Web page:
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US Commerce Department To Relinquish Remaining Control Over The Internet

by Bill


US officials announced plans last week that would see the final vestiges of US authority over domain names and web addresses that is currently managed by a contract between the US Commerce Department and the Internet Corporation for Assigned Names and Numbers (ICANN), and is set to expire in September 2015.

The transition from US federal government authority to a new, yet to be determined, oversight system, and an international meeting to discuss the future of Internet is scheduled to start on March 23 in Singapore. The Commerce Department’s National Telecommunications and Information Administration has declared that the new governance model must ensure that ICANN is free from government influence. The plan must also fulfill several other conditions, such as preserving the security and stability of the Internet while keeping it open and free from censorship.

Business groups and some others have long complained that ICANN’s decision-making was dominated by the interests of the industry that sells domain names and whose fees provide the vast majority of ICANN’s revenue. Concern about ICANN’s stewardship has spiked in recent years amid a massive and controversial expansion that is adding hundreds of new domains, such as .book, .gay and most controversially: .sucks, to the Internet’s infrastructure. More than 1,000 new domains are slated to be made available, pumping far more fee revenue into ICANN.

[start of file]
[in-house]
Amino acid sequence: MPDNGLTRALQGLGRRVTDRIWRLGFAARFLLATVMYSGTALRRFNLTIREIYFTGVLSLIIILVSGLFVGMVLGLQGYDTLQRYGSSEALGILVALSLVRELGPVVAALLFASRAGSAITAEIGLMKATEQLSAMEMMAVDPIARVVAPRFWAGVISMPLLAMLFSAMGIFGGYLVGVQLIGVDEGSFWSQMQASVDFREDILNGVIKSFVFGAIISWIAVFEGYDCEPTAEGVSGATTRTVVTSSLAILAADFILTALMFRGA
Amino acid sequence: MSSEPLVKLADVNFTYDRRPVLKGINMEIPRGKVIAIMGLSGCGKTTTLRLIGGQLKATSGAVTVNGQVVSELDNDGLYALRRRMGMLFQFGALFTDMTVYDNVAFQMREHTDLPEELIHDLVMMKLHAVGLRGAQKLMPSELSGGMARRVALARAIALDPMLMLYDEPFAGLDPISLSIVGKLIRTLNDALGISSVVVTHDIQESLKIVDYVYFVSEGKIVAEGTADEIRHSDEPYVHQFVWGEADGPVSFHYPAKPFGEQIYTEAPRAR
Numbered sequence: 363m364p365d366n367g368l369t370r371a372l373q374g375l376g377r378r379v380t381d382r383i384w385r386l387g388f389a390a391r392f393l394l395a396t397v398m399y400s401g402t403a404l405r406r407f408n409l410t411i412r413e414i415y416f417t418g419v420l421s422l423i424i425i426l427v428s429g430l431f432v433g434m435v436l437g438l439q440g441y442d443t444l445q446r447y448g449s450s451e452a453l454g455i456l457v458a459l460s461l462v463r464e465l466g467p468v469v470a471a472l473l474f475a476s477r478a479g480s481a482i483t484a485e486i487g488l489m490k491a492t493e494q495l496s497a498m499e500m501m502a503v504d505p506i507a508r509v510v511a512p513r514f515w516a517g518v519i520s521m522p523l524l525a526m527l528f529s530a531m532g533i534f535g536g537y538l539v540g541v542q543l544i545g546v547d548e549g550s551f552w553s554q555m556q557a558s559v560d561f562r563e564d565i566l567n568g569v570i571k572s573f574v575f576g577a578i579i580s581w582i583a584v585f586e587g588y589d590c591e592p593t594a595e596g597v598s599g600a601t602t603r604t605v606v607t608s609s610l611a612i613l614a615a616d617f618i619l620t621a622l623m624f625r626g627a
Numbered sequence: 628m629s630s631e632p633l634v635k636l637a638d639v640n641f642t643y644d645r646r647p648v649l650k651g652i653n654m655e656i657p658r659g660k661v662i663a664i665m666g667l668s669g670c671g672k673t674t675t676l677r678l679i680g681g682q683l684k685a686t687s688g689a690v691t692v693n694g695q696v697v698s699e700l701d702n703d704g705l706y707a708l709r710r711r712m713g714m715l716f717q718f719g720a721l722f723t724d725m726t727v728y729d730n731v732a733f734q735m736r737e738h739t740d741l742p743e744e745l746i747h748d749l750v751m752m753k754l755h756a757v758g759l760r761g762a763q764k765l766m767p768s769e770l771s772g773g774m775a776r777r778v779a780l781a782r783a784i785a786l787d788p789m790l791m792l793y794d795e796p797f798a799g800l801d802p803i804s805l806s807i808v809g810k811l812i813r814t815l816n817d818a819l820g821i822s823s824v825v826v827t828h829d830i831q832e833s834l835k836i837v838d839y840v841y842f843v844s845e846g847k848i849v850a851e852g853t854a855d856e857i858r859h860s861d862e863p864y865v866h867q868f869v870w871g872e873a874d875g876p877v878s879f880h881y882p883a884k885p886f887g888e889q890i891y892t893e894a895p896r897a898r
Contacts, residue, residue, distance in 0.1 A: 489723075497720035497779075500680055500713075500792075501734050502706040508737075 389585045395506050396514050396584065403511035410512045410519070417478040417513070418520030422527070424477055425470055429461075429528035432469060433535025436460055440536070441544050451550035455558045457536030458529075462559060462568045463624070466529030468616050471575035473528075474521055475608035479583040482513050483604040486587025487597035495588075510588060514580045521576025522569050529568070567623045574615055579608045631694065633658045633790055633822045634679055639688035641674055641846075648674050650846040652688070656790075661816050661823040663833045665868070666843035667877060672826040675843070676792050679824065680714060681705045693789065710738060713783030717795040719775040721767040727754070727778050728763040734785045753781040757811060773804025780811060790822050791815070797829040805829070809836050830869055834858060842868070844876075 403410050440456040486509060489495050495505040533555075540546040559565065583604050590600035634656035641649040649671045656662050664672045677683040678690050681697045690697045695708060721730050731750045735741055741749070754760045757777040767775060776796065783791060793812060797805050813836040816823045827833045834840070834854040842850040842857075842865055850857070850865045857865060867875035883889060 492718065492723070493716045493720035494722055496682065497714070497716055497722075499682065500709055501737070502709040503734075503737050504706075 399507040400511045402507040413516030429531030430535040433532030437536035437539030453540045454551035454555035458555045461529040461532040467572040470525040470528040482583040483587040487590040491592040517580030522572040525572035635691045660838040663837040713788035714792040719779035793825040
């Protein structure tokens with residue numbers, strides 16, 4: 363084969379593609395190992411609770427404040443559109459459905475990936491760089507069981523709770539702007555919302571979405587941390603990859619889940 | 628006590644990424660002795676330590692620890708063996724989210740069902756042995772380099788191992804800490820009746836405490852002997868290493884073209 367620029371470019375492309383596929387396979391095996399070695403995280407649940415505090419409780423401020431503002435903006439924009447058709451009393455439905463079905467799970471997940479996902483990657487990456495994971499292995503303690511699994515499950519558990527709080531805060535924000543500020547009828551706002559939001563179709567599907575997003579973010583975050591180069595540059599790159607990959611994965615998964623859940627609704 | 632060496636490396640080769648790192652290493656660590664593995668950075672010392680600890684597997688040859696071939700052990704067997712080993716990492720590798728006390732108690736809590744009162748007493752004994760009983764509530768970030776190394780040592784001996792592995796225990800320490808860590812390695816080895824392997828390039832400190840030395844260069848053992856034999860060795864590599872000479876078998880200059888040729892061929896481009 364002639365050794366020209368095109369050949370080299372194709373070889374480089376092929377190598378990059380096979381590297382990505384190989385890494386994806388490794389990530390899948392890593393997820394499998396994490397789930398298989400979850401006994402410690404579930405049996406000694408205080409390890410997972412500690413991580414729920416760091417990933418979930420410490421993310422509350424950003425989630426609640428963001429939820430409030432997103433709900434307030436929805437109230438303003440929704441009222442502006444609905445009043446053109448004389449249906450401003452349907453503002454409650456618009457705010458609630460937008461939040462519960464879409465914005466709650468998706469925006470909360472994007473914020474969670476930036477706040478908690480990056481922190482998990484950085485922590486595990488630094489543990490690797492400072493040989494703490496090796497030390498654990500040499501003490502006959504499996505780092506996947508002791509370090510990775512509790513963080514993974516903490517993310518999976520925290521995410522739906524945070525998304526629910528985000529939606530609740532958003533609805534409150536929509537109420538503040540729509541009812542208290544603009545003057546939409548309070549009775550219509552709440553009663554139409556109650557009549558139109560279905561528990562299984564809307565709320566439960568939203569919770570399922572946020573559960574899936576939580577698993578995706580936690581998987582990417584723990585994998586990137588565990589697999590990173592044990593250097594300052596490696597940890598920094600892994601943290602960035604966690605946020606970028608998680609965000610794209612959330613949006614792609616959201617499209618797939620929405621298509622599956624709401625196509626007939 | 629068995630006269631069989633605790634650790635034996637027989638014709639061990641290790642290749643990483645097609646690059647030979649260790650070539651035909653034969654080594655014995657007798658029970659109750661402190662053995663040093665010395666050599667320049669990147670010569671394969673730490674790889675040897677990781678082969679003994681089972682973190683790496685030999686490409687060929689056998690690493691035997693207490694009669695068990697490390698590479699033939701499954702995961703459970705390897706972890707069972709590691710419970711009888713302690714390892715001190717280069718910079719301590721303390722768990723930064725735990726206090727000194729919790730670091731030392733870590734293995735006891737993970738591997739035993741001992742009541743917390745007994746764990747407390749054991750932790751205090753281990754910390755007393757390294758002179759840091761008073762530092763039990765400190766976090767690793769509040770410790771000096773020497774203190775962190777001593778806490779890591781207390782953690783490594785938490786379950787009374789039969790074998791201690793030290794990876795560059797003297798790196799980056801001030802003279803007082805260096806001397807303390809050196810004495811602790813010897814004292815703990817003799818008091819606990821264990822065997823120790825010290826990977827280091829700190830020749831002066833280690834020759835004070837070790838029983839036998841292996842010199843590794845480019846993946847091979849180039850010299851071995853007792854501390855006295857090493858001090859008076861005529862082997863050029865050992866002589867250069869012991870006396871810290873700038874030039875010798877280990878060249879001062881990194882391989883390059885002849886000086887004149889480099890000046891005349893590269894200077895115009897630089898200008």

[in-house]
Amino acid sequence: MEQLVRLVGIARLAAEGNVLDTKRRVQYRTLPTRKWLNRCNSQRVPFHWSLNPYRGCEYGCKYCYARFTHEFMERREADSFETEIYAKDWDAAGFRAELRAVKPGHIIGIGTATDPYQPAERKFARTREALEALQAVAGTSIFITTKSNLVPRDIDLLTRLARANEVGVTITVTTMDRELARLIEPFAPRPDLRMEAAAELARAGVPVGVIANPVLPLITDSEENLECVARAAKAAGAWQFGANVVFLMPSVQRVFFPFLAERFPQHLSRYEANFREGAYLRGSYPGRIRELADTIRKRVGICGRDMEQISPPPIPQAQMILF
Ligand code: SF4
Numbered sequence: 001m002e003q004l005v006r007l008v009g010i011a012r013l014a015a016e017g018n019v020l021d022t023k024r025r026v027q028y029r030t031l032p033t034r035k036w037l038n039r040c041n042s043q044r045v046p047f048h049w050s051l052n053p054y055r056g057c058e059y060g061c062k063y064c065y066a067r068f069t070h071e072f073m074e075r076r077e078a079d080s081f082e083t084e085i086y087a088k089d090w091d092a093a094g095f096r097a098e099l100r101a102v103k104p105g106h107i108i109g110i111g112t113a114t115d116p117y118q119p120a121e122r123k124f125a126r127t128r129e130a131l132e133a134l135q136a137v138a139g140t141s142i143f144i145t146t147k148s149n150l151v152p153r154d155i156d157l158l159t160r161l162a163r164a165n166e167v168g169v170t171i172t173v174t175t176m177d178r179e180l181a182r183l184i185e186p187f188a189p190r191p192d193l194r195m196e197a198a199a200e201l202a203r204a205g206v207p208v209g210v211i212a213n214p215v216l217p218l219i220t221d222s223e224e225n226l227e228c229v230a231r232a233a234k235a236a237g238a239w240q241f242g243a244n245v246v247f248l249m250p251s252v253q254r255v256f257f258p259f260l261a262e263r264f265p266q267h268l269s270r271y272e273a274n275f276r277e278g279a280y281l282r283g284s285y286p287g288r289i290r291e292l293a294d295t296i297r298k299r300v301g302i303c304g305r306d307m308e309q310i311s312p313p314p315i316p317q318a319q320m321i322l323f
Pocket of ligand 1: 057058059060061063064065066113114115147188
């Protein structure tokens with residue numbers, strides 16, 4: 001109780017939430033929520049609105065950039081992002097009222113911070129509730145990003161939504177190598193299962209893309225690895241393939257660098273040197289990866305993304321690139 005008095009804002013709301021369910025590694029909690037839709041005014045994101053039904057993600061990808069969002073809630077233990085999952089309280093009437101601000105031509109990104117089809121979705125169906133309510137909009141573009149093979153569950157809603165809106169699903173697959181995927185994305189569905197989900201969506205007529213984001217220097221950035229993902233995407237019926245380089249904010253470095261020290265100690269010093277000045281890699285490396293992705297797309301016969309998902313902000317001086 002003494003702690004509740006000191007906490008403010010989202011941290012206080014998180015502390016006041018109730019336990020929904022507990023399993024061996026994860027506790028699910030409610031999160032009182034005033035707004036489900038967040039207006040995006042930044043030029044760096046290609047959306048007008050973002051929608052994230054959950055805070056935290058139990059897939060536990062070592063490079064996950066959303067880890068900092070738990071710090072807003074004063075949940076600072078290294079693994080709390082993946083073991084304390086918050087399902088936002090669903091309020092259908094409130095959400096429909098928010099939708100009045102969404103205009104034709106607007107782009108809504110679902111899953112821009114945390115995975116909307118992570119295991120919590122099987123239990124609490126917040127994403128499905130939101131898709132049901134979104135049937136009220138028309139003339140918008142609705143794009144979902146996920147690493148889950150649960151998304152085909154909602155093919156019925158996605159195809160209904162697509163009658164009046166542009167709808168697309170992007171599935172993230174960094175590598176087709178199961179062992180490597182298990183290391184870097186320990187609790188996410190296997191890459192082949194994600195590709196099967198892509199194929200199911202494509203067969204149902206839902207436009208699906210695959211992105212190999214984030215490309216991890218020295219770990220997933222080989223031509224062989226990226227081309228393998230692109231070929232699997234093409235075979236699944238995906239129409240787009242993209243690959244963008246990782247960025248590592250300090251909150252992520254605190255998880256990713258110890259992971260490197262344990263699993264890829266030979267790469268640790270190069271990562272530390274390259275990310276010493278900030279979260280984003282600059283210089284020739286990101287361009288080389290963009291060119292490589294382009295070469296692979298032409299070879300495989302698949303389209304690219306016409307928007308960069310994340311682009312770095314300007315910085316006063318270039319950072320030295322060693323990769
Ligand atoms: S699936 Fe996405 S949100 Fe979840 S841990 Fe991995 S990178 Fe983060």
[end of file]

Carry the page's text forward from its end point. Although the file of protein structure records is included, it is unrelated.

Senator Jay Rockefeller, chairman of the Senate Commerce committee, in a letter to ICANN, blasted the “.sucks” domain as “little more than a predatory shakedown scheme,” designed to “force large corporations, small businesses, non-profits, and even individuals, to pay ongoing fees to prevent seeing the phrase ‘sucks’ appended to their names on the Internet.” One of the registry companies seeking to manage .sucks domain registrations has indicated that they plan to charge as much as $25,000 for brand registrations, which certainly lends credence to the “shakedown” accusations levied against the proposed new domain.

As the world seems to be shifting away from US regulation and ICANN continues to add new TLDs to the open market, the future of domaining appears to be as unsettled now as it once was when the first gold rush of .com domains were made available to the public. Question about who will own, regulate or market each new domain product are largely unsettled and with branding being such an

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